Growing up, I loved being an only child. The bountiful, unshared Christmases. The peaceful, unshared teen years. The relaxing, unshared visits home as an adult. Notice a theme here? I hate to reinforce the stereotype that only children don't share — but usually, we don't have to divide up anything, from dad's hugs to Halloween candy. But now that I'm in my 30s, there's one thing I would happily split with brothers or sisters: the "burden" of giving my parents grandkids.
"I've just . . . kind of accepted that I'll never have a grandchild," my mom recently sighed, more glumly than she'd meant to. I was heartbroken. I had always assumed that a yearning for a baby would kick in for me, but it hasn't. Oh sweet-cracker-sandwich do I want a dog, but a baby? Eh. Meh. I just don't feel that tug — not yet, anyway. And while I want to give my mom everything she wants — I won't even use a laundry detergent she vetoes — should it come at the expense of what I want?
Besides, I've always believed that no child should be born into this world as part of an agenda: not to fix a marriage, not to force someone to grow up, and certainly not to spice up a grandparent's retirement. Yet the idea of so profoundly disappointing my family isn't easy. Especially because if I had a sibling, I'd have written off kids a long time ago.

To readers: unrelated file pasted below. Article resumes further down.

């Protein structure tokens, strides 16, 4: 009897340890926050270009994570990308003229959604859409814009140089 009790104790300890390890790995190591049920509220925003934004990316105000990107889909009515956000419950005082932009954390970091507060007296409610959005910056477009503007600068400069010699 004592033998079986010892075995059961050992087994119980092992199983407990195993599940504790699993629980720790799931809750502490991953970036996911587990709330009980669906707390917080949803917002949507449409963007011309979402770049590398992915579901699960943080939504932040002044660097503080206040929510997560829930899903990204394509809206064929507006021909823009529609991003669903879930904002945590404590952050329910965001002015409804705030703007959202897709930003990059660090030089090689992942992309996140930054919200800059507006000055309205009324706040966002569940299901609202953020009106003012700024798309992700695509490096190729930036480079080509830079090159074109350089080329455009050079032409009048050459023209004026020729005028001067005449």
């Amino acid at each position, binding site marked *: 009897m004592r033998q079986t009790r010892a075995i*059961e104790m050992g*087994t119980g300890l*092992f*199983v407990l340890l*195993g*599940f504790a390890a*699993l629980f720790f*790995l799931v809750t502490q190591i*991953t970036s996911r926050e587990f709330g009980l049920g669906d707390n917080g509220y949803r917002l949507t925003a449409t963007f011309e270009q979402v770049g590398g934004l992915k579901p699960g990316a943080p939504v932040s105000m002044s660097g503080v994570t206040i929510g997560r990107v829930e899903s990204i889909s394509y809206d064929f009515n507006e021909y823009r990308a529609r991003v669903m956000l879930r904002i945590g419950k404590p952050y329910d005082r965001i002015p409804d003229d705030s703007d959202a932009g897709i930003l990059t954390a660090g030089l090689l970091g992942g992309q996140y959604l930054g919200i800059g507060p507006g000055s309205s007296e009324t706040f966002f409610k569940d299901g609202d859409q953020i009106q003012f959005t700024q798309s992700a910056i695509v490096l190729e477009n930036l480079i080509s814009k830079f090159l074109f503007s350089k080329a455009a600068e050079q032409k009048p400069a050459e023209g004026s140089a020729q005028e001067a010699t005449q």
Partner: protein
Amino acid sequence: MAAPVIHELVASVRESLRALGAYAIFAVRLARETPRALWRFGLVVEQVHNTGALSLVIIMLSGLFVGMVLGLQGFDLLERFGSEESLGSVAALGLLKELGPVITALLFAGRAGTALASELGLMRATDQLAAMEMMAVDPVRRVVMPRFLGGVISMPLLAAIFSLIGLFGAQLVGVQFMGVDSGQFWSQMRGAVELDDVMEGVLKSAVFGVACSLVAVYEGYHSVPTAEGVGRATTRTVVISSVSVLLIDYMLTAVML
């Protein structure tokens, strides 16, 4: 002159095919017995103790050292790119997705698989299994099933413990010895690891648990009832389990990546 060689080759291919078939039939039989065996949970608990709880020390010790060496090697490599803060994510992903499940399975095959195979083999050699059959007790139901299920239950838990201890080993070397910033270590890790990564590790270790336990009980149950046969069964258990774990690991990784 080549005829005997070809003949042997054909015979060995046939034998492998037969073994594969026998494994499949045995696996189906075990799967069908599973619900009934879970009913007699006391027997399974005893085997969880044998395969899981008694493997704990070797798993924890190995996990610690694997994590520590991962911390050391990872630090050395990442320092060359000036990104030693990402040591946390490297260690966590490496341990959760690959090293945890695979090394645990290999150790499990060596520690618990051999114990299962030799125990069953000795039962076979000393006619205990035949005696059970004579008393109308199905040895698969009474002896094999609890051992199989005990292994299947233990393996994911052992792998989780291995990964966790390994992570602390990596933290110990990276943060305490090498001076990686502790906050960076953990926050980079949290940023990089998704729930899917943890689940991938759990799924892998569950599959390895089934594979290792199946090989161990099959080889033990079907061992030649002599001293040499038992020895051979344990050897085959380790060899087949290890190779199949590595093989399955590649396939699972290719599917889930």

I can't help but feel like I owe my parents a baby.
I fill with envy when I hear my friends talk about how fun it is to be an aunt — to breeze in with gifts and cuddles and then skedaddle right around meltdown o'clock. I'd give anything to have a brother who's happily procreating, or a sister who just can't wait to make Mama into Meemaw. Then I'd be able to just enjoy my child-free adult life.
And, in a way, my parents could relax and stop worrying about me, too. With a child of my own, I would finally seem like a full-grown adult. They could pass the parental baton; the generations would have continued, their work here would be done. Instead, I feel selfish and guilty, like I've doomed them to eternal parenthood.
All this is made even worse by the fact that I don't even have any cousins, either. Both my parents, and all four of my grandparents, were only children. So the entirety of so many family lines comes down to me. It's a genetic burden I wasn't thinking about when I was riding a pony at one of my over-the-top childhood birthday parties. But I sure am now, and I can't help but feel like I owe my parents a baby.
In the end though, my parents lived the life they chose, and I think I have the responsibility to do the same, no matter who it appears to disappoint. What worked for one generation may not work for the next one. I know that my parents only want me to be happy, and right now I am — but as a daughter, not a mother.